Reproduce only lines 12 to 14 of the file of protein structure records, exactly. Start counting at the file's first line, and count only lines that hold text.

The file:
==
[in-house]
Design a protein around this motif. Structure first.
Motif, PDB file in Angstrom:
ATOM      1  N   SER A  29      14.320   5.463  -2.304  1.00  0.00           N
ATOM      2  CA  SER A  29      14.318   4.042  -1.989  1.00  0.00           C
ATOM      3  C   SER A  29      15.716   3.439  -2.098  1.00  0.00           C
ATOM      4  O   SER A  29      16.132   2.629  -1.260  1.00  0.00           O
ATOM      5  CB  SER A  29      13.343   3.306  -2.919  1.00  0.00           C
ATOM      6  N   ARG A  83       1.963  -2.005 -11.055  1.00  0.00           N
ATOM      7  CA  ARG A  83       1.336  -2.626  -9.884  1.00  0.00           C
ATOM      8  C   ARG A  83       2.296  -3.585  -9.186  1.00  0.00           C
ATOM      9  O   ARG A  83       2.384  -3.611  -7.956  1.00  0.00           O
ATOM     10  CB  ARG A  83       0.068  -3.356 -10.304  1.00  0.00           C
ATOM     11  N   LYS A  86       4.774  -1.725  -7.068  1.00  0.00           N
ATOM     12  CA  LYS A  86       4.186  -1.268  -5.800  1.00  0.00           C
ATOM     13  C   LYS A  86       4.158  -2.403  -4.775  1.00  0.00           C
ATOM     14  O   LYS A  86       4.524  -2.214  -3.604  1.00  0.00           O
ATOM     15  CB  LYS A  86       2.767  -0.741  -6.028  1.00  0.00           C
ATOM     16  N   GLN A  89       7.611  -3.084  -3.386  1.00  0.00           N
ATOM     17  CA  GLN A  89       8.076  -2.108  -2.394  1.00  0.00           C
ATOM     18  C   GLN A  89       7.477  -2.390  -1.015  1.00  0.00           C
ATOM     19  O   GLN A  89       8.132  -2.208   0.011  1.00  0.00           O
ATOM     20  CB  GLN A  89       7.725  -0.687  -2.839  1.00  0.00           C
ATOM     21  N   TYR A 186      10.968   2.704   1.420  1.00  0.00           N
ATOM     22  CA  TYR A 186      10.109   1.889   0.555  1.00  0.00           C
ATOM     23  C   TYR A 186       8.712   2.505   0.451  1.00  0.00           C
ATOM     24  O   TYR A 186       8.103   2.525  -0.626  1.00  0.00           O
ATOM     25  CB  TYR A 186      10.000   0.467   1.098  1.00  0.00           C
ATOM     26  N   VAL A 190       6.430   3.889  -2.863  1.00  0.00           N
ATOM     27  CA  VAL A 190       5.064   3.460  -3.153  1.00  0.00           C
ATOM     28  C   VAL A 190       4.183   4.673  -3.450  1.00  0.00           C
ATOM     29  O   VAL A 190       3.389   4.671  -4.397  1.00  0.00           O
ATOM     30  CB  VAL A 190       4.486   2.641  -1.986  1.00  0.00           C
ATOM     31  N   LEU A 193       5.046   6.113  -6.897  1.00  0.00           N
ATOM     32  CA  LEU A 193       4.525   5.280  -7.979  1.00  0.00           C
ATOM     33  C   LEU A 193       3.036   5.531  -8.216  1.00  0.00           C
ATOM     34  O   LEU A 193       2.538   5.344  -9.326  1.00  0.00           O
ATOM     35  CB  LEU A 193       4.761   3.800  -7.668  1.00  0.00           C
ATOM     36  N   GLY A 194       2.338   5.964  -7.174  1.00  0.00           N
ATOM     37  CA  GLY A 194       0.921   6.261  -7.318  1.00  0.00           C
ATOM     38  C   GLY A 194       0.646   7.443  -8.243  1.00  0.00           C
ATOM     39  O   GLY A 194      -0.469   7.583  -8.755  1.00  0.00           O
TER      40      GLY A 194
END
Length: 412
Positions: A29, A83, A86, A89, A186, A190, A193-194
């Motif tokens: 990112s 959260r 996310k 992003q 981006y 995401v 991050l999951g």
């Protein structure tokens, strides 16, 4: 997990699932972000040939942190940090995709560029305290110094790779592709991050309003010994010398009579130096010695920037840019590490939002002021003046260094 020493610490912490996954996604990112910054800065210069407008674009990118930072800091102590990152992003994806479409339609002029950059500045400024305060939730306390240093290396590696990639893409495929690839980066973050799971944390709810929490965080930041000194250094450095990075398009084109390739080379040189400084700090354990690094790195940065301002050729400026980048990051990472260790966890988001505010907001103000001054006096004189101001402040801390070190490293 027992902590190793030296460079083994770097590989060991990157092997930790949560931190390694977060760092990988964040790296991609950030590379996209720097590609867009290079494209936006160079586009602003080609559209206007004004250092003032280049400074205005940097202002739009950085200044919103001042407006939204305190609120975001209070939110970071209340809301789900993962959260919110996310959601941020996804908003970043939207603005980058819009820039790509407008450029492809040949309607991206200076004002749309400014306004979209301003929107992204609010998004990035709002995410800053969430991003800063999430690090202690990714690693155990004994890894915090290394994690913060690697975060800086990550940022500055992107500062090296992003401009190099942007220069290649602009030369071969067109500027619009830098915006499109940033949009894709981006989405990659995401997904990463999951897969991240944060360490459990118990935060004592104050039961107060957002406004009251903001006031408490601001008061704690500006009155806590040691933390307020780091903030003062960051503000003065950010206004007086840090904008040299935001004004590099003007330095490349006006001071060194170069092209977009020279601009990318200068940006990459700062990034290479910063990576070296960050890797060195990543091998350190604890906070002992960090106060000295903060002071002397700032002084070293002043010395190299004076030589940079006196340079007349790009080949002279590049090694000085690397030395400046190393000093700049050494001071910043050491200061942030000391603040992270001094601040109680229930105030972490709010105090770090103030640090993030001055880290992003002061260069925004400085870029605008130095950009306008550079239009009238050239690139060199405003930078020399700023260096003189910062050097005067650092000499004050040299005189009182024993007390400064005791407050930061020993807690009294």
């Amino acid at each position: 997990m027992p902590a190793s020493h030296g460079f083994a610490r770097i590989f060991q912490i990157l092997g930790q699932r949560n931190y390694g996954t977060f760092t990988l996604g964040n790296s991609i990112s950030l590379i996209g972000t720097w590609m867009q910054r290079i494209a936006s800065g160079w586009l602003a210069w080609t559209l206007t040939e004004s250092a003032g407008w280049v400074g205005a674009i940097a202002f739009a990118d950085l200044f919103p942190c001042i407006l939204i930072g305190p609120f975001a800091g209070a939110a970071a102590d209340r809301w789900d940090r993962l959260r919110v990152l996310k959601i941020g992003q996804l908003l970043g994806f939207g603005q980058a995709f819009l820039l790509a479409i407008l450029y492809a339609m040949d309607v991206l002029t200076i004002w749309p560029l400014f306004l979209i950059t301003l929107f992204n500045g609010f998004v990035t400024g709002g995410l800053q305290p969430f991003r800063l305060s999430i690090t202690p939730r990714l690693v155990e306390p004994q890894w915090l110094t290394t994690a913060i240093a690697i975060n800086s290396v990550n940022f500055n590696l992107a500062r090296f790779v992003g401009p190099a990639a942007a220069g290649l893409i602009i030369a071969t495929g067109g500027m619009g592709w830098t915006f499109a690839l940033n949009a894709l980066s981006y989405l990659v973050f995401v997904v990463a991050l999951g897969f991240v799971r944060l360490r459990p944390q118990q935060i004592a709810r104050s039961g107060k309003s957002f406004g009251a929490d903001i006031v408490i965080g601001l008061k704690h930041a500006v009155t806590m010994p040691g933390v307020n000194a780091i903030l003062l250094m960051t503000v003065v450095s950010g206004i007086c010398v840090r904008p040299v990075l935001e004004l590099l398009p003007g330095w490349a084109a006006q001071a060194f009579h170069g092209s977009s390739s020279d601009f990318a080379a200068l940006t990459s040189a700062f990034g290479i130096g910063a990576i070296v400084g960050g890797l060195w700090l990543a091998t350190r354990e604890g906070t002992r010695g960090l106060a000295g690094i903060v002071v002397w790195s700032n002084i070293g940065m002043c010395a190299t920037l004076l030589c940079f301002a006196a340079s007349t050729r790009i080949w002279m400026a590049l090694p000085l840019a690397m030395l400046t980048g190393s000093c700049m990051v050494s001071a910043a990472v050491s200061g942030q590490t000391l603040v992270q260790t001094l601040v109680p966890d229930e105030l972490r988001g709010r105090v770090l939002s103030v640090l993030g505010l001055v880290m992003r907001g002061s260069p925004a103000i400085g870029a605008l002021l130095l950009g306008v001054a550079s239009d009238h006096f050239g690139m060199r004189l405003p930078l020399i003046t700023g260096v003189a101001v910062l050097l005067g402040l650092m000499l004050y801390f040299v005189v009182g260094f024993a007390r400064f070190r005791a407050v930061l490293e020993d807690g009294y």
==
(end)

ATOM      9  O   ARG A  83       2.384  -3.611  -7.956  1.00  0.00           O
ATOM     10  CB  ARG A  83       0.068  -3.356 -10.304  1.00  0.00           C
ATOM     11  N   LYS A  86       4.774  -1.725  -7.068  1.00  0.00           N